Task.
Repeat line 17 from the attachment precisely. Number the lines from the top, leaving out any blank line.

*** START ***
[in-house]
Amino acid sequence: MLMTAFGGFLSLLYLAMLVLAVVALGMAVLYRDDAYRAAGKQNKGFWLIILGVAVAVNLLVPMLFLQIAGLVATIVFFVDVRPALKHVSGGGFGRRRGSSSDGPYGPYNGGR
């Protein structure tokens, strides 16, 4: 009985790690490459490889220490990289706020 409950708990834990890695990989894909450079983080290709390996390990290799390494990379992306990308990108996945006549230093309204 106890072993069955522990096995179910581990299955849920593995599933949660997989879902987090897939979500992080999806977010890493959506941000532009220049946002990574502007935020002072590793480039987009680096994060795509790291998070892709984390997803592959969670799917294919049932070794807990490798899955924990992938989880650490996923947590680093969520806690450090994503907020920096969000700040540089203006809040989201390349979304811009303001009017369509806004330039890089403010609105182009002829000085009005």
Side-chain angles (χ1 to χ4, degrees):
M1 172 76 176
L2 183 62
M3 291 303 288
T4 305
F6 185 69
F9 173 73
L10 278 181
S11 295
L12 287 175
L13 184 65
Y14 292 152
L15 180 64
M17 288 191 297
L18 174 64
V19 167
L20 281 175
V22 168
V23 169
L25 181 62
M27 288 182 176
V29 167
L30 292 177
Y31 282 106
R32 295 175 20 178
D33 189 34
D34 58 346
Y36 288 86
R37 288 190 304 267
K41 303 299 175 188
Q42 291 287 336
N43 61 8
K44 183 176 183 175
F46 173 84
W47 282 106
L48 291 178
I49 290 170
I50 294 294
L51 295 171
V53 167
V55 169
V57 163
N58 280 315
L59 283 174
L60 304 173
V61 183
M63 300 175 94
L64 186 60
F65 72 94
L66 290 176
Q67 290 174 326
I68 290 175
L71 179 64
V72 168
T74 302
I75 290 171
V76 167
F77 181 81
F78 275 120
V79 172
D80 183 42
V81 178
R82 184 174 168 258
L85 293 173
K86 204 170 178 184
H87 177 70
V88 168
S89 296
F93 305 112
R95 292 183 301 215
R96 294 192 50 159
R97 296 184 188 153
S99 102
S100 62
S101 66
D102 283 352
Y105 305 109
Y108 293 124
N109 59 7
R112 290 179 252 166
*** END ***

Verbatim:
M17 288 191 297